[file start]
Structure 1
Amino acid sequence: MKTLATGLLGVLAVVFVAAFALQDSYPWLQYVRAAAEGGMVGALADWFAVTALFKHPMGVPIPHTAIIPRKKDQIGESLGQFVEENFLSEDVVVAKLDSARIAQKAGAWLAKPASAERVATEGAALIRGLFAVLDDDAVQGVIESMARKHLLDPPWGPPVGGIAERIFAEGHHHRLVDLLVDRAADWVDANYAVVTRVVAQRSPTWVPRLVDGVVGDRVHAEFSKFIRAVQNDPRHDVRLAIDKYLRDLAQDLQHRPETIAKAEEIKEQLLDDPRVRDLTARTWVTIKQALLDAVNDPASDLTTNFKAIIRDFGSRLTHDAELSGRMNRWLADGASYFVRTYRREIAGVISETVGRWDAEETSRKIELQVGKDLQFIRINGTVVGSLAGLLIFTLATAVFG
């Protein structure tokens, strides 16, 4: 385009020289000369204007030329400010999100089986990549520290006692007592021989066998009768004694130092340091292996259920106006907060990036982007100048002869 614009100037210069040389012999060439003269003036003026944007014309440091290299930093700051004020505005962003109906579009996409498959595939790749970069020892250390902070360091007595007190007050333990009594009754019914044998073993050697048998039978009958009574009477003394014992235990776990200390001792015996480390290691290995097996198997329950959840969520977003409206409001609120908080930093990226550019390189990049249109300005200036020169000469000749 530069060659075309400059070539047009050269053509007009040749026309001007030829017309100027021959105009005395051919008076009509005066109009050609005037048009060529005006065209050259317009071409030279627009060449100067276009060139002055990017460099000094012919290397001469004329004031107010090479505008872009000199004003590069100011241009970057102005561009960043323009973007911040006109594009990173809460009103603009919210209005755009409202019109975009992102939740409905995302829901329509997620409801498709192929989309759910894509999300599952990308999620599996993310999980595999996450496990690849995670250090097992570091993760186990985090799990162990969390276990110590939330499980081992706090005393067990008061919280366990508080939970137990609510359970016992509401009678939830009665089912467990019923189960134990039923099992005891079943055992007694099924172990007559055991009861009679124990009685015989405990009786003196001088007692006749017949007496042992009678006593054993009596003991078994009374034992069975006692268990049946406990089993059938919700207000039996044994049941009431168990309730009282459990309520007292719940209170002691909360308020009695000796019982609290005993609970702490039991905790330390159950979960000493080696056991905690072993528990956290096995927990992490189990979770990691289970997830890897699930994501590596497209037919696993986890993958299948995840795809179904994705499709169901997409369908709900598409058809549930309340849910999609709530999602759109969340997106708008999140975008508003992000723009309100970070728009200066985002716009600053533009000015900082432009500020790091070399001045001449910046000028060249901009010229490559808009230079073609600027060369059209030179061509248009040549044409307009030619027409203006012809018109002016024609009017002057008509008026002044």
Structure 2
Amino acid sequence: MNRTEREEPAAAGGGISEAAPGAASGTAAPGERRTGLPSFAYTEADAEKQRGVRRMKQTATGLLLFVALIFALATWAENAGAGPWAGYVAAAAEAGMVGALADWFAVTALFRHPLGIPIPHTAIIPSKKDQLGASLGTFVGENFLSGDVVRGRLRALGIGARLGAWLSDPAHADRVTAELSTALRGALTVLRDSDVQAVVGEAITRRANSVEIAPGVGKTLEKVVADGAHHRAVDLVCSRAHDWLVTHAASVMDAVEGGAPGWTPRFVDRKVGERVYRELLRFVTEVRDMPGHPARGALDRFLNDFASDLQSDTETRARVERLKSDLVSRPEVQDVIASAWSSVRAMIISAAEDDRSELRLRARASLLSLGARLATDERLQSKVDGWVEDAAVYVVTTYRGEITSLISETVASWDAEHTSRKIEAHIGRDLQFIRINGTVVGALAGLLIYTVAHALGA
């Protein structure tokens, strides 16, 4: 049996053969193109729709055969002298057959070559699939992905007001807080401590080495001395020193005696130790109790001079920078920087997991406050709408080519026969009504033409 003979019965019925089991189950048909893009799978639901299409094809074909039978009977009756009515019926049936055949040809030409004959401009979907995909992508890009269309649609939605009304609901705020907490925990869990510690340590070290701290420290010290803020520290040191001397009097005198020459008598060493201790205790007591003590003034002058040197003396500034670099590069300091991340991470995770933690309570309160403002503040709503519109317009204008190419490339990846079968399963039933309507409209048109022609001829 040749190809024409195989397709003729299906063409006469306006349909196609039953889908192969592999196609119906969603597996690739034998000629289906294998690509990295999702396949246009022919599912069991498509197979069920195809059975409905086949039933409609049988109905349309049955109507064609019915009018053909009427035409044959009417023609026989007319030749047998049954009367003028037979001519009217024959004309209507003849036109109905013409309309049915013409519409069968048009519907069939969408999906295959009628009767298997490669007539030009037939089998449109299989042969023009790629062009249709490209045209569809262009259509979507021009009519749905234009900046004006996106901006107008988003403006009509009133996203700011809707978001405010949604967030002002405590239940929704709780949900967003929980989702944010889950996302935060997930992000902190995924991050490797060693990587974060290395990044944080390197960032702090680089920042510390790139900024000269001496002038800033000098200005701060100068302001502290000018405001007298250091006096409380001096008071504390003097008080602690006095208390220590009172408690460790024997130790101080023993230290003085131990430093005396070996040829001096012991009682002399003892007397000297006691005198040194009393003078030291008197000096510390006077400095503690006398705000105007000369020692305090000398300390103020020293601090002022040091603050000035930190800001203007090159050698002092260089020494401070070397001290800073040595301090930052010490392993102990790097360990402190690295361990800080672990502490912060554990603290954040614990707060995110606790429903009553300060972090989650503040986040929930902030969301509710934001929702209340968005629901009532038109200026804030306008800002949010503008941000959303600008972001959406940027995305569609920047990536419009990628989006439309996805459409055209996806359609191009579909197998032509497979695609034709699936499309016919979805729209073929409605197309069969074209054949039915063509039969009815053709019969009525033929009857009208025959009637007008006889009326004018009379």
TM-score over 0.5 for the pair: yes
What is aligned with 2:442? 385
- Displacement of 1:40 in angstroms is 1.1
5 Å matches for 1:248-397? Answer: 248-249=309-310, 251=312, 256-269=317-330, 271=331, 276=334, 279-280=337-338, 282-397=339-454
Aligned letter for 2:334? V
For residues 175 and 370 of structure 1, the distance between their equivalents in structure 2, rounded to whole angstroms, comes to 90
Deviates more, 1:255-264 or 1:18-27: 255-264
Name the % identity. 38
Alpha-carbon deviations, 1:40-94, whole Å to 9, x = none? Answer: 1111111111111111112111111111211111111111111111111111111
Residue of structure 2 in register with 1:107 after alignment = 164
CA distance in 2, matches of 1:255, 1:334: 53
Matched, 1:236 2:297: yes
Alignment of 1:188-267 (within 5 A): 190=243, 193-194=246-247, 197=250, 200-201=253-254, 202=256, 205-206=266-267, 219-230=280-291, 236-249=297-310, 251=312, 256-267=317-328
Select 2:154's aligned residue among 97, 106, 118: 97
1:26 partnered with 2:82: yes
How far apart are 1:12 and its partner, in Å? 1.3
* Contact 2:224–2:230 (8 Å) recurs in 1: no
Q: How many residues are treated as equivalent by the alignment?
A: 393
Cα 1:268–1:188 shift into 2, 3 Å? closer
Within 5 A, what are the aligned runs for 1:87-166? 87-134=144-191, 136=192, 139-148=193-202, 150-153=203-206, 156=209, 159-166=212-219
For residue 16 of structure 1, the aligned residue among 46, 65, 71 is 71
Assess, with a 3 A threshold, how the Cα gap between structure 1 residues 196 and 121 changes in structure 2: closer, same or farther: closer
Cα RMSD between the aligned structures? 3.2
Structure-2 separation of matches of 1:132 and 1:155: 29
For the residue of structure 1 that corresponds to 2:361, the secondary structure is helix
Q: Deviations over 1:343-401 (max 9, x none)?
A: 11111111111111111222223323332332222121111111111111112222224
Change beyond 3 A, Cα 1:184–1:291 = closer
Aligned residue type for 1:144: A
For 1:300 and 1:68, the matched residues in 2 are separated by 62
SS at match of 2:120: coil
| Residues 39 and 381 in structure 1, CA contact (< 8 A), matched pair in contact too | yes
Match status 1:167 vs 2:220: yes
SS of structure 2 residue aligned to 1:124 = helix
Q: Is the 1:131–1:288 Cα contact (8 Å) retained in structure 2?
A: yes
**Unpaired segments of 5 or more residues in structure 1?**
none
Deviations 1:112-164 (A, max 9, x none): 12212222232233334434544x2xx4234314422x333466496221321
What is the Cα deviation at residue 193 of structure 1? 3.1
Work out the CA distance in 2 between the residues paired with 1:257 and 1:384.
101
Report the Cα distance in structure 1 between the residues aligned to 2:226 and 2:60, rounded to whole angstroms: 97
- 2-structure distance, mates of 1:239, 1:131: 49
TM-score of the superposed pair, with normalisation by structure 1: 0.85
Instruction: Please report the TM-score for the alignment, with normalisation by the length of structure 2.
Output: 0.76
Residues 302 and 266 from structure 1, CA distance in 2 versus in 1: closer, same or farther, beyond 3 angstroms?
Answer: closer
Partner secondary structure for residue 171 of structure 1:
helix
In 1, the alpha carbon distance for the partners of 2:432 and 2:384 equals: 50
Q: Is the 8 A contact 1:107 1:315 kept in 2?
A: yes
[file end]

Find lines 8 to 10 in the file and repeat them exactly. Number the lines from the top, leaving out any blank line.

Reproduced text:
What is aligned with 2:442? 385
- Displacement of 1:40 in angstroms is 1.1
5 Å matches for 1:248-397? Answer: 248-249=309-310, 251=312, 256-269=317-330, 271=331, 276=334, 279-280=337-338, 282-397=339-454